A healthy exercise heart rate is the maximum amount of beats per minute your heart should beat while you are exercising.
What this heart rate will be will vary depending on factors such as your age and what your resting heart rate happens to be.
Specifics are explained later in this article.
With so many people the world over looking to get into better shape, it is important that you make the most out of the workouts that you are able to participate in.
There are many things that you need to keep in mind when working out.
You need to warm up and stretch, you need maintain proper form and technique in whatever form of exercise you choose and not only do you need to monitor how your body feels during a workout, and you need to monitor your body’s vital signs as well, most notably, your heart rate.
Does your healthy exercise heart rate change with age?
In short, yes it does. While you might think that there are things that you can do to stop the effects of aging ( and in some cases, that is entirely possible) as you age your optimal heart rate while exercising is going to drop.
This will mean that as you get older you will need to closely monitor the intensity of your workouts.
Now that you know that your exercise heart rate is going to lower as you get older, you might want to know exactly what your heart rate should be. There are several different ways to calculate this rate.
The first method is known as the Karvonen approach. It is perhaps the easiest, and while it doesn’t give you the most exact number, it is a good ball park number to work off of.
- Simplest way: What you do is you take the number 220, and then you simply subtract your age. The number that you arrive at is considered your peak heart rate while exercising. This, however, isn’t very accurate and some experts suggest that you work towards a goal of 80% of that total number. What this means is that if you are 58 then your exercise heart rate should be 162, 80% of that is 129. While this isn’t a perfect method, it is easy to apply.
- More accurate method: To get a more exact heart rate number you will need something a bit more involved than a simple piece of subtraction. The most precise number comes from a heart rate stress test. This particular method will give you the most accurate maximum heart rate number you can find.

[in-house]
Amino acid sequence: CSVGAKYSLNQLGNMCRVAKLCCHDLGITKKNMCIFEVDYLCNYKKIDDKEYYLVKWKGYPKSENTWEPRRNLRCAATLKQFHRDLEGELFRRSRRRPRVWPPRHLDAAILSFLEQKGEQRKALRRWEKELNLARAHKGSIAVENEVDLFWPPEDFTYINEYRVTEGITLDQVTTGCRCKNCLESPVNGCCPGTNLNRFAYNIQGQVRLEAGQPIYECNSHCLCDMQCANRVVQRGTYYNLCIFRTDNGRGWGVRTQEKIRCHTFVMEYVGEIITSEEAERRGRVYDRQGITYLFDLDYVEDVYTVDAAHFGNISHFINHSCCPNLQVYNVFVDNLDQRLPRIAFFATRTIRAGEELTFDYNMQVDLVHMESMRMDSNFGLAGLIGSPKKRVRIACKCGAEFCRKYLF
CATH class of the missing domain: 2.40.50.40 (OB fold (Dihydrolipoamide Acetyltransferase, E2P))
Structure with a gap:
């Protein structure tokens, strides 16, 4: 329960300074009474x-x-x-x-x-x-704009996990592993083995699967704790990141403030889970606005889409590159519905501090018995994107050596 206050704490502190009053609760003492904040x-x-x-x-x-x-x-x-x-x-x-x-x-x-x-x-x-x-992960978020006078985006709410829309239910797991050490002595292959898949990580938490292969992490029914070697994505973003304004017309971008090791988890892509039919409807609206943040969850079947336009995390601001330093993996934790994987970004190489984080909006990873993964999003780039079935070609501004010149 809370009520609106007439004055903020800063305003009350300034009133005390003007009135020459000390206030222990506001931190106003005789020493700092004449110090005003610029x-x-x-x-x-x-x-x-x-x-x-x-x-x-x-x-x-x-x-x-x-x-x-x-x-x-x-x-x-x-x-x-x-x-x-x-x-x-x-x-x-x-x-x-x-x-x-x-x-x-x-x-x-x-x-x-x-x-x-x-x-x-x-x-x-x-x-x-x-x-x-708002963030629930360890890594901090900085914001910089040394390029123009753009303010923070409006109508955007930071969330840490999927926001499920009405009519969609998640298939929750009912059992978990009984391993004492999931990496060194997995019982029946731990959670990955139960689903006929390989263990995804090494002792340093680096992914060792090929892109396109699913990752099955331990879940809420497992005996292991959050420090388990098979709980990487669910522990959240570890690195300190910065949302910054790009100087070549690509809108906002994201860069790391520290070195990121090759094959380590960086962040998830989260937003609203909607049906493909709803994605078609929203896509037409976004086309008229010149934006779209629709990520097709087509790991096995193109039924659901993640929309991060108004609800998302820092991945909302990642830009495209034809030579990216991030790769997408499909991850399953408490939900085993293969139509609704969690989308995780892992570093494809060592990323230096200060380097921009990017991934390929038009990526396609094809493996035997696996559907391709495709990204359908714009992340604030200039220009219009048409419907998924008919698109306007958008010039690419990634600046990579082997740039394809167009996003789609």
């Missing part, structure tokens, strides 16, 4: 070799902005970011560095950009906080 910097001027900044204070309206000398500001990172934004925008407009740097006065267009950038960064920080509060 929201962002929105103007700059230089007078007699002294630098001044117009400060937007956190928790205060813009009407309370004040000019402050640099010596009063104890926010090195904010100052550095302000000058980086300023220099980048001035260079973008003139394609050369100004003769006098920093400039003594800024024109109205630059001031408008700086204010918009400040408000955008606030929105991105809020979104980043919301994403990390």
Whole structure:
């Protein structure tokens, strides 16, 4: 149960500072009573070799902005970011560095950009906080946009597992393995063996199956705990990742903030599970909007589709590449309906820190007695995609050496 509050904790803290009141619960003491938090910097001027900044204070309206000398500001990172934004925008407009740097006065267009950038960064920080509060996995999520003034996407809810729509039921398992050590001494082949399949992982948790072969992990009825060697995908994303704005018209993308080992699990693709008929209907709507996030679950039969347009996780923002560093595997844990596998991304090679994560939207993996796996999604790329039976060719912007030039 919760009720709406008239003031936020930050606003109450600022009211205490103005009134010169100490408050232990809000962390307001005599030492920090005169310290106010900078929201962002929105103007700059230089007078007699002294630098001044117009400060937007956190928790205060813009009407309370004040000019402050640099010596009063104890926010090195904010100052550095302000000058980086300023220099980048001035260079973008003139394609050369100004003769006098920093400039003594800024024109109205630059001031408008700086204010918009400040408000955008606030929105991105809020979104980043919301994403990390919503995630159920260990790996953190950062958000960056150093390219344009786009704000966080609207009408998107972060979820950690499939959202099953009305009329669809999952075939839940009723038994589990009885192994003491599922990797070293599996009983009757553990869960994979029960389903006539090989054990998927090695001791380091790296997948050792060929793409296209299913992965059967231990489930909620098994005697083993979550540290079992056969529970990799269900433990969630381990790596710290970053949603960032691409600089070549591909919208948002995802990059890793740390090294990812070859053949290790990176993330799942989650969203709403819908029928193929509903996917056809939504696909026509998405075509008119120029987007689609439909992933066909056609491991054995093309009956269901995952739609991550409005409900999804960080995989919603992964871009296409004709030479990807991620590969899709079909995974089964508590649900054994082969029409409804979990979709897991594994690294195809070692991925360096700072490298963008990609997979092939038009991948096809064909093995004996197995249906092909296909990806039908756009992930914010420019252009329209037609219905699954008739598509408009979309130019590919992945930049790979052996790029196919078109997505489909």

From this number you can calculate what is the best percentage of your heart rate for aerobic and anaerobic exercise. You will know what your heart rate should be to exercise your heart and what heart rate levels you should try to reach to up your body’s metabolism.
How can a healthy exercise heart rate help?
The first thing that you will want understand is that when you have your heart rate number, whether it is achieved by the Karvonen method or by the more exact stress test, you will be able to monitor this number during your workout.
Having this number will also help to maximize your workout plan. With your maximum heart rate number in hand, you can carefully monitor the intensity of your workouts. With a heart rate monitor you will know when you need to push yourself harder during your workout and you will also know when you need to back off.
Sometimes your body will tell you when you should take it easy, but sometime it doesn’t. A heart rate monitor is a good way to keep track of your heart rate.
What are other things to keep in mind to maintain a healthy exercise heart rate?
Monitoring your heart rate is a great thing to do when working out. It helps you to keep yourself from overdoing it during a workout, it helps you to maximize your workouts but it helps you to play it safe.
If you are just starting an exercise program, it is wise, at least for a little while to start with a target heart rate slightly under your optimal target. While you may not get as much out of your workout as you would if you pushed it, this might give your heart as well as the rest of your body a chance to acclimate to a workout routine.
Lastly, always remember that before you start any new workout routine, consult with your doctor first. This is especially true if you are over 40 years of age, but talking with your doctor first is a good precaution at any age to ensure you aren’t putting yourself at risk.